(This article contains major spoilers for the time loop comedy “Palm Springs” on Hulu)
It’s not easy to put a fresh spin on the “Groundhog Day” formula, but “Palm Springs” certainly pulls it off. Like most of the other films in this little subgenre, you’re not really supposed to think to hard about the mechanics of why this one day is repeating over and over forever — but this film is smart enough to give us just enough info on how it works to make us wonder about some things.
So “Palm Springs” introduces a major new wrinkle in this “Groundhog Day” subgenre, by having multiple different characters experience the loop together. So we’ve got Nyles (Samberg), Sarah (Milioti) and Roy (JK Simmons), all experiencing this one day together, repeatedly.
And “Palm Springs” is a romantic comedy, so of course Nyles and Sarah form an emotional bond over the course of the film. And the big moment for their relationship comes midway through the film, when they start to break through their cynicism about the situation because they take shrooms and see some dinosaurs walking around the desert.
It’s a mysterious and whimsical moment, to be sure, and it’s something that is referenced later but never really explained. And the way I see it, there’s a couple possible explanations for how they saw those dinosaurs.
My first thought was that they were hallucinating as they shared their desert drug trip. You might think it would be weird that they hallucinated the same thing, but that is a thing that’s been known to happen during a shared trip.
It’s interesting that during the dinosaur scene itself, neither Nyles nor Sarah says what it is they’re looking at. Nyles mentions the dinosaurs at the end “Palm Springs,” so we know that he saw dinosaurs. But even then Sarah never directly acknowledged that she also saw dinosaurs. It’s possible that, if it was a hallucination, maybe they saw different things.
But why hallucinate dinosaurs? Well, out near Palm Springs in the desert is a semi-famous landmark, a park that contains some very large dinosaur sculptures, including one brontosaurus sculpture named Dinny that looks an awful lot like the ones that Nyles and Sarah saw. Nyles, having been stuck in the time loop for what was likely decades, almost certainly had spent some time with those dinosaurs.
And just before this scene, we’d gotten a montage of Sarah and Nyles embracing the loop together and getting into all sorts of shenanigans together. We don’t know how much time passed during this montage, but it’s important to keep in mind that it was probably weeks or months, or maybe even years. It’s safe to assume that at some point they went to see those dinosaurs together, and it’s those dinosaurs that inspired the drug-fueled hallucination.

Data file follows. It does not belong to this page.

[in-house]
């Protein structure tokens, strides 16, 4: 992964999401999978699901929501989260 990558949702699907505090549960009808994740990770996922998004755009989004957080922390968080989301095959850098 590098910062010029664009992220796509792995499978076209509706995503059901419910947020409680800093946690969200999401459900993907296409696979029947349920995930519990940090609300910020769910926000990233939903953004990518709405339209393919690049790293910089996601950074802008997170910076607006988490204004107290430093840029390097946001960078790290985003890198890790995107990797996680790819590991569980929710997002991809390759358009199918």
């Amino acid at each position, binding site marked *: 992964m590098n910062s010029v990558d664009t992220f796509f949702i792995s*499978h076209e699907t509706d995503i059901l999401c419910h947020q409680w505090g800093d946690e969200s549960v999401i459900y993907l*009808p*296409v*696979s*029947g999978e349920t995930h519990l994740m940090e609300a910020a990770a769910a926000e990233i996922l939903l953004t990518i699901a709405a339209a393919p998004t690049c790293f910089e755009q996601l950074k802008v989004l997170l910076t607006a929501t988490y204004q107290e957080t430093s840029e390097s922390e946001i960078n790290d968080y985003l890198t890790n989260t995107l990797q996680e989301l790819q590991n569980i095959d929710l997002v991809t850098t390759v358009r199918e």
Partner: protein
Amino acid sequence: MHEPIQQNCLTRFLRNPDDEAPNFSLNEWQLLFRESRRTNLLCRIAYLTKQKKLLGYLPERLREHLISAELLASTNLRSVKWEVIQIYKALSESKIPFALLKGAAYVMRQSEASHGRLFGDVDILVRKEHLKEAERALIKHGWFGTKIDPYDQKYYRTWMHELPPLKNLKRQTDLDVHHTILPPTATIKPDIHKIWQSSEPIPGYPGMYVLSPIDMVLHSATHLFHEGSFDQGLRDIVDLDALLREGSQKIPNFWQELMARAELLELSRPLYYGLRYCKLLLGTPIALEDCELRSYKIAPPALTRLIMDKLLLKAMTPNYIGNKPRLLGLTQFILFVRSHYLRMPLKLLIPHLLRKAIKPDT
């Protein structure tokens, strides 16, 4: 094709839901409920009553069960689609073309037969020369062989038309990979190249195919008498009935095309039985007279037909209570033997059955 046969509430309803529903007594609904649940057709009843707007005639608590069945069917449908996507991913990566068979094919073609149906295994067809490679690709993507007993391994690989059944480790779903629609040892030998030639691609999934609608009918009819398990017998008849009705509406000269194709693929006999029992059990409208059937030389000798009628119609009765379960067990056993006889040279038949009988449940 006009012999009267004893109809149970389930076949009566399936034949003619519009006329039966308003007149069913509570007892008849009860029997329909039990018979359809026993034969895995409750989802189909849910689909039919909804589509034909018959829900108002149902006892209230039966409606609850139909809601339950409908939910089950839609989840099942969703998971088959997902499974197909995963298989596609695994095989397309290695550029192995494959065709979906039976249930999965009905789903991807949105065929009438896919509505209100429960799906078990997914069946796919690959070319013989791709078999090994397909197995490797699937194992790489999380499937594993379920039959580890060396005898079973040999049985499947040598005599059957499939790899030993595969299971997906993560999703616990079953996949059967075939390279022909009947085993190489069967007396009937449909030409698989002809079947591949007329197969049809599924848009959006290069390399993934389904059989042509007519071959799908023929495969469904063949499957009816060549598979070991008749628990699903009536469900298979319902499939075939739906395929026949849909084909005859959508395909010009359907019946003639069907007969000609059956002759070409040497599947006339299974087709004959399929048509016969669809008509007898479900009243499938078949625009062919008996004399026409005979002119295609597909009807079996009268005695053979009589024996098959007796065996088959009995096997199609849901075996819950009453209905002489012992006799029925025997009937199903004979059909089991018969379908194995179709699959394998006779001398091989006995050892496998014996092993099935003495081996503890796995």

On the other hand, it’s also possible those dinosaurs were real. During this scene the two of them are camping out in a spot that appears to be near the magic cave that caused this whole time loop mess in the first place. And based on the plan that Sarah later comes up with to get them out of the loop, there’s definitely some kind of wacky quantum mechanics and multiverse things going on here. Maybe things that are more complicated than just this time loop stuff the two of them are stuck in.
What I’m getting at is that maybe those were real dinosaurs, somehow transported to the modern Palm Springs desert by this quantum anomaly. Or maybe they’re seeing an alternate reality, in which dinosaurs are still around, bleeding through to their universe.
Writer Andy Siara spoke to Decider about the dinosaurs, and his comments might shed some light on this.
“I could say that you have two characters who don’t believe they are capable of love, and in that moment, maybe they fall in love. Dinosaurs don’t exist, but in that moment, they exist. It’s two things that are impossible,” Siara told Decider. “Or, I can also just say that I love Jurassic Park and I wanted to put that in there. It felt right in that moment. How do we make this scene stand out more–what better way than to add dinosaurs?”
That’s not really a solid answer, but honestly I’m not really sure we need one anyway. “Palm Springs” is a fun romantic comedy, not a Christopher Nolan sci-fi movie, and lengthy scenes explaining the quantum mechanics of this loop wouldn’t really fit. This was something that frustrated me about “Happy Death Day 2u,” which was overly concerned with explaining how its own similar time loop worked that it hurt the film.
So yeah, we don’t need to know how this whole deal works. As long as the story is internally consistent in how it presents it — and I think “Palm Springs” is in all the ways that matter — then we’re good.
And so we’re good.